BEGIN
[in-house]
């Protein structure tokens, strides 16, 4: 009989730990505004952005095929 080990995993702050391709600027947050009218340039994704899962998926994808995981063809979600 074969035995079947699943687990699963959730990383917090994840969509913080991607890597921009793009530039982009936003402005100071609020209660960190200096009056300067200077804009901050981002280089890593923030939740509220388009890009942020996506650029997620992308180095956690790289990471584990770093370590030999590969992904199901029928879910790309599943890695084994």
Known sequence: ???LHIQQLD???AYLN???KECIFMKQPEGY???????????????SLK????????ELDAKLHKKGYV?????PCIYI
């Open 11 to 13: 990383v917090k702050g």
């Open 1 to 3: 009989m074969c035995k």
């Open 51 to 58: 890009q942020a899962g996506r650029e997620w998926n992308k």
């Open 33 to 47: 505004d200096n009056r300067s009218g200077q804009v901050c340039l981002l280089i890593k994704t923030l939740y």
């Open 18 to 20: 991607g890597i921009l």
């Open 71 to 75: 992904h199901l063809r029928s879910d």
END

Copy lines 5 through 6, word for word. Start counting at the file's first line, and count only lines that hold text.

């Open 1 to 3: 009989m074969c035995k």
């Open 51 to 58: 890009q942020a899962g996506r650029e997620w998926n992308k």